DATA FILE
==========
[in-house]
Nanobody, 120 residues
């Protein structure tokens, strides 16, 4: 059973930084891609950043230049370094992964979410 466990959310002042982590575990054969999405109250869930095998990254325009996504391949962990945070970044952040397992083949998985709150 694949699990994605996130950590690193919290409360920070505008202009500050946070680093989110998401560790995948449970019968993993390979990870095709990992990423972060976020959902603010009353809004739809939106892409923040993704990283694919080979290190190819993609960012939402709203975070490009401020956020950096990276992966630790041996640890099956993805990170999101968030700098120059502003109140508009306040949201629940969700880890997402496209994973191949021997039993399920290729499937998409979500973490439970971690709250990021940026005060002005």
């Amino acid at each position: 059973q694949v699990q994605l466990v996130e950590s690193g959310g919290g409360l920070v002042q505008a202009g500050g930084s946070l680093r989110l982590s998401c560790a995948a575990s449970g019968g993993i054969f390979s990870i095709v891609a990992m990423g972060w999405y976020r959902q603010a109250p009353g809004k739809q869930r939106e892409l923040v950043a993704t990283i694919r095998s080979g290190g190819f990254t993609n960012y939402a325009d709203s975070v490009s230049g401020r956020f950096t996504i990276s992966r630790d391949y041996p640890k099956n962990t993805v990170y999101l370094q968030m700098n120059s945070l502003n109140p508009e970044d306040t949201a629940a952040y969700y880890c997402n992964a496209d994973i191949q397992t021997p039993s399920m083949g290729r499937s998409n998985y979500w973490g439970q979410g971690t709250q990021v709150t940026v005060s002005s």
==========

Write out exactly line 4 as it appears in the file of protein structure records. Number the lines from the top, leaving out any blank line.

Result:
């Amino acid at each position: 059973q694949v699990q994605l466990v996130e950590s690193g959310g919290g409360l920070v002042q505008a202009g500050g930084s946070l680093r989110l982590s998401c560790a995948a575990s449970g019968g993993i054969f390979s990870i095709v891609a990992m990423g972060w999405y976020r959902q603010a109250p009353g809004k739809q869930r939106e892409l923040v950043a993704t990283i694919r095998s080979g290190g190819f990254t993609n960012y939402a325009d709203s975070v490009s230049g401020r956020f950096t996504i990276s992966r630790d391949y041996p640890k099956n962990t993805v990170y999101l370094q968030m700098n120059s945070l502003n109140p508009e970044d306040t949201a629940a952040y969700y880890c997402n992964a496209d994973i191949q397992t021997p039993s399920m083949g290729r499937s998409n998985y979500w973490g439970q979410g971690t709250q990021v709150t940026v005060s002005s």